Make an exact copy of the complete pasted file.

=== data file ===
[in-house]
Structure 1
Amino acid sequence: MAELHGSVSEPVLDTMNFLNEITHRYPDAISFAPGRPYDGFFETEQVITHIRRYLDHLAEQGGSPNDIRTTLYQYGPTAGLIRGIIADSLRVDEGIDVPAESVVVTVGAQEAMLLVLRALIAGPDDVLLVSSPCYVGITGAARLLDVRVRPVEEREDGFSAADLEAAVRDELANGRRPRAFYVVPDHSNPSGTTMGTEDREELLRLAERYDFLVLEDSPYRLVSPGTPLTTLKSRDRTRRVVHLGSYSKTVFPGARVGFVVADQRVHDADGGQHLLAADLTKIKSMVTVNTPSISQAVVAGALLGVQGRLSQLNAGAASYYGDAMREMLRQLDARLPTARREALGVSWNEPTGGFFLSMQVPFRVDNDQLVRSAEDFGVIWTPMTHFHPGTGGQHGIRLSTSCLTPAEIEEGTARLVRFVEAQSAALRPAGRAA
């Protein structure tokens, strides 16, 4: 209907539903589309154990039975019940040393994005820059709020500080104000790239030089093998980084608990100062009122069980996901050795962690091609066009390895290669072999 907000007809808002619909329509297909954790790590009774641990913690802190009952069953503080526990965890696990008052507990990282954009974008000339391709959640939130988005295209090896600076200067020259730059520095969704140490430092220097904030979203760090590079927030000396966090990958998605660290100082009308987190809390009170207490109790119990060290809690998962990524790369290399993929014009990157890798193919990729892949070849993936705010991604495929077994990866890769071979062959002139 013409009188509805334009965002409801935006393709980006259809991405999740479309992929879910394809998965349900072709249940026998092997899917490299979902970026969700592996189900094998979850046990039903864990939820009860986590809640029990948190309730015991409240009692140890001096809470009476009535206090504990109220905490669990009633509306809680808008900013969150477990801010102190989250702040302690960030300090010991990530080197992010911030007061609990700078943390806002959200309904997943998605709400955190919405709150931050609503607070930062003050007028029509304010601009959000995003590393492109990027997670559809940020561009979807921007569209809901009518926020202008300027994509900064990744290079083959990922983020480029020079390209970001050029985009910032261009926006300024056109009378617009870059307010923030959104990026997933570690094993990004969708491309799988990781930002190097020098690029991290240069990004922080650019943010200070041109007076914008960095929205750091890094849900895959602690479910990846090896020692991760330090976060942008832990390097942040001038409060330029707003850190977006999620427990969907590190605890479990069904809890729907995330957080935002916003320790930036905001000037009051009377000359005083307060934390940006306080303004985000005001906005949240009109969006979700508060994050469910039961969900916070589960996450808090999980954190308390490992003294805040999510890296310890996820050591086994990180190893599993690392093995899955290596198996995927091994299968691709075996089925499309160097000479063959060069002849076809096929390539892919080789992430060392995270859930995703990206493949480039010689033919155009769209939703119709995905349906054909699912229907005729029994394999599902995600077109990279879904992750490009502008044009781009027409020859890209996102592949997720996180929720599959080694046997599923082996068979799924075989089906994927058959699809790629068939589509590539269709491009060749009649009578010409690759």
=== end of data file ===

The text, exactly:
[in-house]
Structure 1
Amino acid sequence: MAELHGSVSEPVLDTMNFLNEITHRYPDAISFAPGRPYDGFFETEQVITHIRRYLDHLAEQGGSPNDIRTTLYQYGPTAGLIRGIIADSLRVDEGIDVPAESVVVTVGAQEAMLLVLRALIAGPDDVLLVSSPCYVGITGAARLLDVRVRPVEEREDGFSAADLEAAVRDELANGRRPRAFYVVPDHSNPSGTTMGTEDREELLRLAERYDFLVLEDSPYRLVSPGTPLTTLKSRDRTRRVVHLGSYSKTVFPGARVGFVVADQRVHDADGGQHLLAADLTKIKSMVTVNTPSISQAVVAGALLGVQGRLSQLNAGAASYYGDAMREMLRQLDARLPTARREALGVSWNEPTGGFFLSMQVPFRVDNDQLVRSAEDFGVIWTPMTHFHPGTGGQHGIRLSTSCLTPAEIEEGTARLVRFVEAQSAALRPAGRAA
């Protein structure tokens, strides 16, 4: 209907539903589309154990039975019940040393994005820059709020500080104000790239030089093998980084608990100062009122069980996901050795962690091609066009390895290669072999 907000007809808002619909329509297909954790790590009774641990913690802190009952069953503080526990965890696990008052507990990282954009974008000339391709959640939130988005295209090896600076200067020259730059520095969704140490430092220097904030979203760090590079927030000396966090990958998605660290100082009308987190809390009170207490109790119990060290809690998962990524790369290399993929014009990157890798193919990729892949070849993936705010991604495929077994990866890769071979062959002139 013409009188509805334009965002409801935006393709980006259809991405999740479309992929879910394809998965349900072709249940026998092997899917490299979902970026969700592996189900094998979850046990039903864990939820009860986590809640029990948190309730015991409240009692140890001096809470009476009535206090504990109220905490669990009633509306809680808008900013969150477990801010102190989250702040302690960030300090010991990530080197992010911030007061609990700078943390806002959200309904997943998605709400955190919405709150931050609503607070930062003050007028029509304010601009959000995003590393492109990027997670559809940020561009979807921007569209809901009518926020202008300027994509900064990744290079083959990922983020480029020079390209970001050029985009910032261009926006300024056109009378617009870059307010923030959104990026997933570690094993990004969708491309799988990781930002190097020098690029991290240069990004922080650019943010200070041109007076914008960095929205750091890094849900895959602690479910990846090896020692991760330090976060942008832990390097942040001038409060330029707003850190977006999620427990969907590190605890479990069904809890729907995330957080935002916003320790930036905001000037009051009377000359005083307060934390940006306080303004985000005001906005949240009109969006979700508060994050469910039961969900916070589960996450808090999980954190308390490992003294805040999510890296310890996820050591086994990180190893599993690392093995899955290596198996995927091994299968691709075996089925499309160097000479063959060069002849076809096929390539892919080789992430060392995270859930995703990206493949480039010689033919155009769209939703119709995905349906054909699912229907005729029994394999599902995600077109990279879904992750490009502008044009781009027409020859890209996102592949997720996180929720599959080694046997599923082996068979799924075989089906994927058959699809790629068939589509590539269709491009060749009649009578010409690759």